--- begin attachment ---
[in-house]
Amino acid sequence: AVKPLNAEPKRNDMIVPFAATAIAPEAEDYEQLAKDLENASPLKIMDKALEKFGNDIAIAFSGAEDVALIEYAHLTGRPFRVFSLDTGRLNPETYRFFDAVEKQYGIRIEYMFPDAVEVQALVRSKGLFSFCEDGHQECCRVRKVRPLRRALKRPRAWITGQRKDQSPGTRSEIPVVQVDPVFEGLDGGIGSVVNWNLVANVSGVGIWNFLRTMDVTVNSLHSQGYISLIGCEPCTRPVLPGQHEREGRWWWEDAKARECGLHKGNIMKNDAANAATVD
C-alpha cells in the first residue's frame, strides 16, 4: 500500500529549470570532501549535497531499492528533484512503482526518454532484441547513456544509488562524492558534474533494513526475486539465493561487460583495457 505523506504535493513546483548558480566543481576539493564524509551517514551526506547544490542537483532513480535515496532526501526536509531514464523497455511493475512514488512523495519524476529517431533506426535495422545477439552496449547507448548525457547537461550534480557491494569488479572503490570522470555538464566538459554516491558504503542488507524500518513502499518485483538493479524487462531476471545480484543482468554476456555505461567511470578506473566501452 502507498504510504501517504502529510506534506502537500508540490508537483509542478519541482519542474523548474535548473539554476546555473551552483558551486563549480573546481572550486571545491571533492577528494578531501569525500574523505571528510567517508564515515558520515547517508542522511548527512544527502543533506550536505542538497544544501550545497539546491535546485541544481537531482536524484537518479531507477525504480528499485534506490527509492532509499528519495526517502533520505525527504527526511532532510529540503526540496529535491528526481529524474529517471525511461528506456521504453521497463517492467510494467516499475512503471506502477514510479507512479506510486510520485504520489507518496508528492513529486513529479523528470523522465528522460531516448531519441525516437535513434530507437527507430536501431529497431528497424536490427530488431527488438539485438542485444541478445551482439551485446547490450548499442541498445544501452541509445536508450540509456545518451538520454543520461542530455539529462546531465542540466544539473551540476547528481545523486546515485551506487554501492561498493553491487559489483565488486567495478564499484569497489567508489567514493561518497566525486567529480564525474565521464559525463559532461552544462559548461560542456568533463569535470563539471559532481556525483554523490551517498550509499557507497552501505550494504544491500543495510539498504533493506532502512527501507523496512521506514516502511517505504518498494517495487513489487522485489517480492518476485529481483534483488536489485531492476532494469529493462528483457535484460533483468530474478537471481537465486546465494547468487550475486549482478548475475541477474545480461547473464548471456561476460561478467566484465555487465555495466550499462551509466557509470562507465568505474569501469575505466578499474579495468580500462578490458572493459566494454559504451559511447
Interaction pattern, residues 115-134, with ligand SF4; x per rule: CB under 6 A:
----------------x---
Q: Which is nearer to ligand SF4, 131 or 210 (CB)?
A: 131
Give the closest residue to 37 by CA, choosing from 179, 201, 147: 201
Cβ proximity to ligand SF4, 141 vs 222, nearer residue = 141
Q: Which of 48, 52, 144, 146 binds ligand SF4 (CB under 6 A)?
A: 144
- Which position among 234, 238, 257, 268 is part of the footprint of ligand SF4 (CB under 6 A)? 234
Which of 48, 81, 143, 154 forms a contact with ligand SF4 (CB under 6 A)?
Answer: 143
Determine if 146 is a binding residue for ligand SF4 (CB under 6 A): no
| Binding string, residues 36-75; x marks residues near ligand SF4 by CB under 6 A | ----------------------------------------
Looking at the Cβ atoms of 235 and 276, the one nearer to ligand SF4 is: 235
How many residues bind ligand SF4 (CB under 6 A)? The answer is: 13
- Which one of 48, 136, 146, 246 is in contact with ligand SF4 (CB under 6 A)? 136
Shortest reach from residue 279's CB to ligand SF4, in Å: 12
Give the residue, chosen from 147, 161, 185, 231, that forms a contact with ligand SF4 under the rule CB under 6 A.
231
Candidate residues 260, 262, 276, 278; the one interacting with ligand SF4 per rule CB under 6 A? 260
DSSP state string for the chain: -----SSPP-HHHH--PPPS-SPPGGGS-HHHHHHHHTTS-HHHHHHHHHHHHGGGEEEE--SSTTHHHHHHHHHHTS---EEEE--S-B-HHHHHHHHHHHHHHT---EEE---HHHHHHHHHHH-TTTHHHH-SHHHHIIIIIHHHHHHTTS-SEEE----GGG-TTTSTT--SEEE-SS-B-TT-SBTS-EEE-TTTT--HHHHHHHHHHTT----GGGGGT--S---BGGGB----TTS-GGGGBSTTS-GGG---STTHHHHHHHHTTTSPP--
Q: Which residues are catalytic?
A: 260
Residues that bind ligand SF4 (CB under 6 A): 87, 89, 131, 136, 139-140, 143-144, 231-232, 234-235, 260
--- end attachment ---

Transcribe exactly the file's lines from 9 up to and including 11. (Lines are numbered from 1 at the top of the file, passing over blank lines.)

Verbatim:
Cβ proximity to ligand SF4, 141 vs 222, nearer residue = 141
Q: Which of 48, 52, 144, 146 binds ligand SF4 (CB under 6 A)?
A: 144